A wide range of studies have shown that the stress caused by things like: untreated depression, social isolation, long-term unemployment, anxiety attacks... can speed-up the aging process by shortening the length of each DNA strand.
Every human cell has 46 chromosomes—23 come from your father and 23 come from your mother. Each chromosome is like a DNA library with two protective caps on the end known as telomeres. As telomeres become shorter, their structural integrity weakens, which causes cells to age faster and die younger. In human cells, telomeres are usually single-stranded DNA that contains several thousand repeats of a simple TTAGGG sequence.
At a certain point of shrinkage, cells lose their ability to divide further. This stage is known as "replicative senescence." Cellular senescence is a necessary mechanism to eliminate worn-out cells, but it also appears to contribute to premature aging and shorter human lifespans.
Telomere length is a marker of both biological and cellular aging. Stressful life experiences in childhood and adulthood have previously been linked to accelerated telomere shortening. Shortened telomeres have been associated with chronic diseases and premature death in previous studies by Dr. Owen Wolkowitz and colleagues at University of California, San Francisco (UCSF).
Longer Telomeres Linked to Longevity
Epigenetics is the study of changes in gene activity that are not caused by changes in the actual DNA sequence. Unlike traditional genetics which is based on changes to the DNA sequence of the genotype, the changes in gene expression or cellular phenotype of epigenetics have other causes.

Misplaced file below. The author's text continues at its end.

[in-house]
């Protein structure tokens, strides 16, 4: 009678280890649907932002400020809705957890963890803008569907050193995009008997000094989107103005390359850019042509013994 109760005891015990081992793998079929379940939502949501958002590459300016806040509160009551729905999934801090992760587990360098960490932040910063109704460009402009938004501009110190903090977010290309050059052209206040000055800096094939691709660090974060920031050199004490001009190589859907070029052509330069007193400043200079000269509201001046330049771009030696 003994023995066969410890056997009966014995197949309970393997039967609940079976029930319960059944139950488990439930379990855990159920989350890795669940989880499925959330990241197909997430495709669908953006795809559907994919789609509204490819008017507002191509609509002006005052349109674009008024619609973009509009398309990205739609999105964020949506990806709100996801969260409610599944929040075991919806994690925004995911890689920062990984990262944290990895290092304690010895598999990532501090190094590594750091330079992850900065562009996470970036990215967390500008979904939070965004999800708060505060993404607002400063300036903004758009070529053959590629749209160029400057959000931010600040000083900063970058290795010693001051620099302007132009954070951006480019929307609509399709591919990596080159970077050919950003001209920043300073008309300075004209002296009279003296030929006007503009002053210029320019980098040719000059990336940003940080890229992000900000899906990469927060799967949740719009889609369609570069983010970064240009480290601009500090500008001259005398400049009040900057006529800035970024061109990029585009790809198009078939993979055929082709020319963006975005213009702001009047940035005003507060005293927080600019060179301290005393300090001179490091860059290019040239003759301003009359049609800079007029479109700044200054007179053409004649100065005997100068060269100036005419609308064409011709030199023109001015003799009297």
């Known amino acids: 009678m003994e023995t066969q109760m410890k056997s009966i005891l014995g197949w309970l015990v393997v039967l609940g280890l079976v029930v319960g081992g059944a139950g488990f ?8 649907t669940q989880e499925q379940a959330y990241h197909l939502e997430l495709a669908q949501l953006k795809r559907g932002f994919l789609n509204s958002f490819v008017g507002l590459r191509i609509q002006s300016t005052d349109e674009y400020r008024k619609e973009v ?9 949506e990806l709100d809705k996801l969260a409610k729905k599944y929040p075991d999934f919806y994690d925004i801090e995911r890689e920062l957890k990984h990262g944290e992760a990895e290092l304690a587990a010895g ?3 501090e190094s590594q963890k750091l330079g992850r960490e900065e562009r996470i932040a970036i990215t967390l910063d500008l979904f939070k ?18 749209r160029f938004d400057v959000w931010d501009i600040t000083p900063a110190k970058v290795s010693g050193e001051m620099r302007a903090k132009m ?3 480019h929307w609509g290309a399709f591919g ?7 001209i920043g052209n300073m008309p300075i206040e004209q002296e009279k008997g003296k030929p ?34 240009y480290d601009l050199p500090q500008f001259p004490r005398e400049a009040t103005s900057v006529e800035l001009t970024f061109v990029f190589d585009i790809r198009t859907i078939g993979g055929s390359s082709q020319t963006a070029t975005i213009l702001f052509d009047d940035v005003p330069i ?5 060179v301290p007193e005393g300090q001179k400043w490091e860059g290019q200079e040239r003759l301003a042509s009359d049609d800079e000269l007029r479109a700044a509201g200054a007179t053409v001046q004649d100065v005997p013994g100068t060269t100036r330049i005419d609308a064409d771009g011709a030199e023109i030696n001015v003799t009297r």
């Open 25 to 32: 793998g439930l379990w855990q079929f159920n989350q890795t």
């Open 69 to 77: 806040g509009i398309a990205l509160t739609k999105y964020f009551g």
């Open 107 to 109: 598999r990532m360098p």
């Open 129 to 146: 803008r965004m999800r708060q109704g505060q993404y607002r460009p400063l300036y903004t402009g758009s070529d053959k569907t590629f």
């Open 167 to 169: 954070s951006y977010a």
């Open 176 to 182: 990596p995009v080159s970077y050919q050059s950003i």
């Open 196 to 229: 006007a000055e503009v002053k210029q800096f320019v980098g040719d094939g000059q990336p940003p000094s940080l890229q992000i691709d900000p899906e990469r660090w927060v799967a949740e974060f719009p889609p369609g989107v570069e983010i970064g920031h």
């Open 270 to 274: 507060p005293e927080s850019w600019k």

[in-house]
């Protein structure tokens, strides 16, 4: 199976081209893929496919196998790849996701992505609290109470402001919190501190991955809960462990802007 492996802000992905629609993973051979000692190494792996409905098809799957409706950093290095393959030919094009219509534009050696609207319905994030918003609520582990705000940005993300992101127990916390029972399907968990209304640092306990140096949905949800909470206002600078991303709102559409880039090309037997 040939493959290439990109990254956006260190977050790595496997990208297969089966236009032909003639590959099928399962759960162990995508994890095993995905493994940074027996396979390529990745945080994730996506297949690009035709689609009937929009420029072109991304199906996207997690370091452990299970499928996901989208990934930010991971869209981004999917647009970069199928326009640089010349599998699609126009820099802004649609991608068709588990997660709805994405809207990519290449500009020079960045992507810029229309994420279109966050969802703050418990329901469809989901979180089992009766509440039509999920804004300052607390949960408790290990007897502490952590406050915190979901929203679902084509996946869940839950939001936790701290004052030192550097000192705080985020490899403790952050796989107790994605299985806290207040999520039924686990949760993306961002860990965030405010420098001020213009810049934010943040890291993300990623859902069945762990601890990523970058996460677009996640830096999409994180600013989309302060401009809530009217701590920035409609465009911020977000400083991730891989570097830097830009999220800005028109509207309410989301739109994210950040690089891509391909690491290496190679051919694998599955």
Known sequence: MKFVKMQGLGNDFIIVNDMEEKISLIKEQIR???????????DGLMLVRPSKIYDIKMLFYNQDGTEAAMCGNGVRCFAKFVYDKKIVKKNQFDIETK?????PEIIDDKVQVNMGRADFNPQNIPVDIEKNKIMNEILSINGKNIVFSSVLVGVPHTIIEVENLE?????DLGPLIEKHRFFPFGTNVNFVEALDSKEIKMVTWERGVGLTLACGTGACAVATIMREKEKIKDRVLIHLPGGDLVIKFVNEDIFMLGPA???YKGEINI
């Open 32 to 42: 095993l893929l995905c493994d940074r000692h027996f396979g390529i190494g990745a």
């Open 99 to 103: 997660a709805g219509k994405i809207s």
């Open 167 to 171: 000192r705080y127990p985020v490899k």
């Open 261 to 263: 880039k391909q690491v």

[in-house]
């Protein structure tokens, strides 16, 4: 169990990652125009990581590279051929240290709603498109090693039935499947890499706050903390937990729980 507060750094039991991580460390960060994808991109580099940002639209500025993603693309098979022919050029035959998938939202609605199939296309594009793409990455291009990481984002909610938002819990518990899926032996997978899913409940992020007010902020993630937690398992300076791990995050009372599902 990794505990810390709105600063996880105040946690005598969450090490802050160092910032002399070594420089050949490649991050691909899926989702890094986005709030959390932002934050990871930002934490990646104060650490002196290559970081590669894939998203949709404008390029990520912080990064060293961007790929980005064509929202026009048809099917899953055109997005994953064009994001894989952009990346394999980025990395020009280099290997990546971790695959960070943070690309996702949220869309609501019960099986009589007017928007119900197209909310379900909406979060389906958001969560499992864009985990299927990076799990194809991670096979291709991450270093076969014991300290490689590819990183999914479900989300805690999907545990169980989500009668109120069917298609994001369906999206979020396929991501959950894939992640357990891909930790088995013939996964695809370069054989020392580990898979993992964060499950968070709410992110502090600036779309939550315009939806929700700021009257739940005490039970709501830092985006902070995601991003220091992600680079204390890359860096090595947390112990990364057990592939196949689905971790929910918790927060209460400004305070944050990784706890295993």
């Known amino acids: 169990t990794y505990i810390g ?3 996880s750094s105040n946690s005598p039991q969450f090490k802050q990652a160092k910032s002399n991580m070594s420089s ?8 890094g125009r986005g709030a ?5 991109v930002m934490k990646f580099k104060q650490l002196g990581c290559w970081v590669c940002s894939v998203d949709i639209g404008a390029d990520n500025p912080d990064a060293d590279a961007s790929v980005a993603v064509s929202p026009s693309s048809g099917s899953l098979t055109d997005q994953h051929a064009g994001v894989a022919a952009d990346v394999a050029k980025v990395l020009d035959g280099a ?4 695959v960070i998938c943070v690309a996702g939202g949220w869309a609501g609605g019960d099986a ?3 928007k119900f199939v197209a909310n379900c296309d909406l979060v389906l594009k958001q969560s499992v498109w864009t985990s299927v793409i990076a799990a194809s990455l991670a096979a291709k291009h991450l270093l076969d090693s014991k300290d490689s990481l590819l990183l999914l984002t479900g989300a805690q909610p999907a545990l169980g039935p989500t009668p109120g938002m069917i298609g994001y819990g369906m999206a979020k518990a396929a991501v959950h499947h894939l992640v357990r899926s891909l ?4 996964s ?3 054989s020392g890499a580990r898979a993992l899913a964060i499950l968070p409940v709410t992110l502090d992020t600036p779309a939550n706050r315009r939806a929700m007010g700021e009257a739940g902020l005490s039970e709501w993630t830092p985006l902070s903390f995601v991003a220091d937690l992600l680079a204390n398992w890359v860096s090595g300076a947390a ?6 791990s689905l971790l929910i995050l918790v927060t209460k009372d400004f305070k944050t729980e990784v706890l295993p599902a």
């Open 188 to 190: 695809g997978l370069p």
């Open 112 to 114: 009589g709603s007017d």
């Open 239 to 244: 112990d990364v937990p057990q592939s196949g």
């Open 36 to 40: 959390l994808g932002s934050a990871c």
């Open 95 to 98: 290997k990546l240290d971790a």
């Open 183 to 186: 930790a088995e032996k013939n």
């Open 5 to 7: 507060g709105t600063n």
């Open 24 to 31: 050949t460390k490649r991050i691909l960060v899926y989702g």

The root epi- (Greek: over, outside of, around) indicates chromosone structural changes usually caused by lifestyle choices, as well as, social and environmental stressors. Previous studies in rodents—and in humans—have shown dynamic epigenetic responses to physical stimuli such as stress, diet, or exercise can occur for better or worse within just a few hours.
I have written a plethora of Psychology Today blog posts about the power of lifestyle choices to improve well-being, reduce disease, and increase longevity. A pilot study released in September 2013 showed for the first time that changes in diet, exercise, stress management and social support may result in longer telomeres.
Loneliness and Shortened Telomeres
An April 2014 study by scientists at the Vetmeduni Vienna in Austria examined the telomere length of isolated “lonely” African grey parrots compared to parrots with a partner. The researchers found that the telomere lengths of single parrots were shorter than those housed with a companion parrot. African grey parrots are highly social birds, but unfortunately in captivity they are often kept in isolation from other parrots.
Although no human studies have been done on social isolation and telomere length, this new study supports the hypothesis that loneliness can interfere with cellular aging and DNA repair. The findings of the Austrian study are published in the journal PLOS ONE.
Phobic Anxiety and Shortened Telomeres